In re Application of Maui Electric Company, Case No. SCWC-15-0000640 (Dec. 14, 2017)
Hawaii Supreme Court
Maui Electric Company sought regulatory approval from the Public Utilities Commission to enter into a power purchase agreement with an electricity producer (HC&S). Sierra Club filed a motion to intervene in the administrative proceeding on behalf of its members who live near the power plant, which burns biomass, coal, and petroleum. In its motion, Sierra Club highlighted concerns with, among other things, the power plant’s heavy reliance on coal to meet power obligations and its many air pollution violations.
The Commission denied the motion to intervene, notwithstanding Sierra Club’s claim that it had a due process right to participate in the proceeding, and ultimately approved Maui Electric Company’s application to enter into the power purchase agreement.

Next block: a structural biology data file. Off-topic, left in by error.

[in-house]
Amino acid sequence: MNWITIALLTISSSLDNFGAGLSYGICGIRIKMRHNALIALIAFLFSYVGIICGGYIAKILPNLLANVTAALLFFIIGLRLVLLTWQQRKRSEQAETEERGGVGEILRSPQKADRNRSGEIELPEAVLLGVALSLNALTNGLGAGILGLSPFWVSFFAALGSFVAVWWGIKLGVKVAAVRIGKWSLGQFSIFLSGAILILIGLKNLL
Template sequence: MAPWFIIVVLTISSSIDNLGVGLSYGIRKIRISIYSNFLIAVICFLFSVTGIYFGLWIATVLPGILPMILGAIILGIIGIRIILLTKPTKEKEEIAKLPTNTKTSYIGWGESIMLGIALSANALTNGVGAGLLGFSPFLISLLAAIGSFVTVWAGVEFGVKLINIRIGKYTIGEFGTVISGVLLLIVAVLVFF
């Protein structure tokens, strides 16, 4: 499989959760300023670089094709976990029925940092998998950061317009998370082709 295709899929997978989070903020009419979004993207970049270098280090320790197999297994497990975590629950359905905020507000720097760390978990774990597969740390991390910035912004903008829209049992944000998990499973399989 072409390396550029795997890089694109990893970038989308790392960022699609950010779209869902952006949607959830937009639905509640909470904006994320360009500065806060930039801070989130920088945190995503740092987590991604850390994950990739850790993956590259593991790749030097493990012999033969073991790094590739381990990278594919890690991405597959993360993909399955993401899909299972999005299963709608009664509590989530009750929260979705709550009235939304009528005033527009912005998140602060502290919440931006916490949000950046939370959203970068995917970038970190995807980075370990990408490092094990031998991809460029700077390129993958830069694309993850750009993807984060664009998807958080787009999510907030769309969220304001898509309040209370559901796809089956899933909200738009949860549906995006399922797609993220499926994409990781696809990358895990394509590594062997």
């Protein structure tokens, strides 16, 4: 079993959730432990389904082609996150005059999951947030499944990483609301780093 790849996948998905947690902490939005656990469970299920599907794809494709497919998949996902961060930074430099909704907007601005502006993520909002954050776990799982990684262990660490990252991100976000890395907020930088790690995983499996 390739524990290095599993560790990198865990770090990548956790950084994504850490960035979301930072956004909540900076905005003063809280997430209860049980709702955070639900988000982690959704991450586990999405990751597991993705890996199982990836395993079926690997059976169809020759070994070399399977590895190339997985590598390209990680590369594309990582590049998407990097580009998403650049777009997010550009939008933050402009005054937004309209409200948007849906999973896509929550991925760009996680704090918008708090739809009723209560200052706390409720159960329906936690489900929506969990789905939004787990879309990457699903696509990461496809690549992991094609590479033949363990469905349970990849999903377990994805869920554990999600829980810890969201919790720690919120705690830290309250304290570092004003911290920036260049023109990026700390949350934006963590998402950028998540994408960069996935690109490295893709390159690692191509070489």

The Hawaii Supreme Court disagreed with the Commission’s conclusion, declaring Sierra Club had a due process right to be heard to protect its environmental interests under Article XI, section 9 of the state constitution, which guarantees the right to a clean and healthful environment. The Court stated: “[U]nder the circumstances of this case, the protected property interest in a clean and healthful environment asserted by Sierra Club necessitated a hearing by the Commission to consider the impacts of approving the Agreement on Sierra Club’s members’ right to a clean and healthful environment, including the release of harmful greenhouse gases by the Puʻunene Plant that would result from the Agreement, whether the cost of the energy under the Agreement was reasonable in light of the potential for harmful emissions, and whether the terms of the Agreement were prudent in light of the potential hidden and long-term consequences of the Agreement.” Id., pp. 47-48.